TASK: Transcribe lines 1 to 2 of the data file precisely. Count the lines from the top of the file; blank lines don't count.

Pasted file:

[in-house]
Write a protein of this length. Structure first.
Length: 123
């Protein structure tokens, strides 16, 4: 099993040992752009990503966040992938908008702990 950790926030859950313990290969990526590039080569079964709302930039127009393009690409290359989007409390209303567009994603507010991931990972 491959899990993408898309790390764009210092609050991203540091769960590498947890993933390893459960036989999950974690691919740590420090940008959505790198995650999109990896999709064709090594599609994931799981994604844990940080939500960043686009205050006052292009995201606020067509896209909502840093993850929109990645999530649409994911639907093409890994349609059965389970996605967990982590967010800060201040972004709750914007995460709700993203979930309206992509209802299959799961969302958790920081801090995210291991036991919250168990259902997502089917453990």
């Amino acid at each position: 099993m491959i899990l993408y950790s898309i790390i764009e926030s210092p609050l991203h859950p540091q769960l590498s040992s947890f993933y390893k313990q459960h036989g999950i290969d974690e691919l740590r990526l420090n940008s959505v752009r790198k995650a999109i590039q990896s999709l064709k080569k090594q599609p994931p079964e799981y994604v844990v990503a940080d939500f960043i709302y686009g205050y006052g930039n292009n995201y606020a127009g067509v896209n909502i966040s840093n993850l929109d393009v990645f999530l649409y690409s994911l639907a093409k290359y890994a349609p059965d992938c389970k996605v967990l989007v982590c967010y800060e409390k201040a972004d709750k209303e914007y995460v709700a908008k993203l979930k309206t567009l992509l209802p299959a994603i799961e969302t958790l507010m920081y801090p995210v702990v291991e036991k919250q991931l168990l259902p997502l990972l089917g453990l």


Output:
[in-house]
Write a protein of this length. Structure first.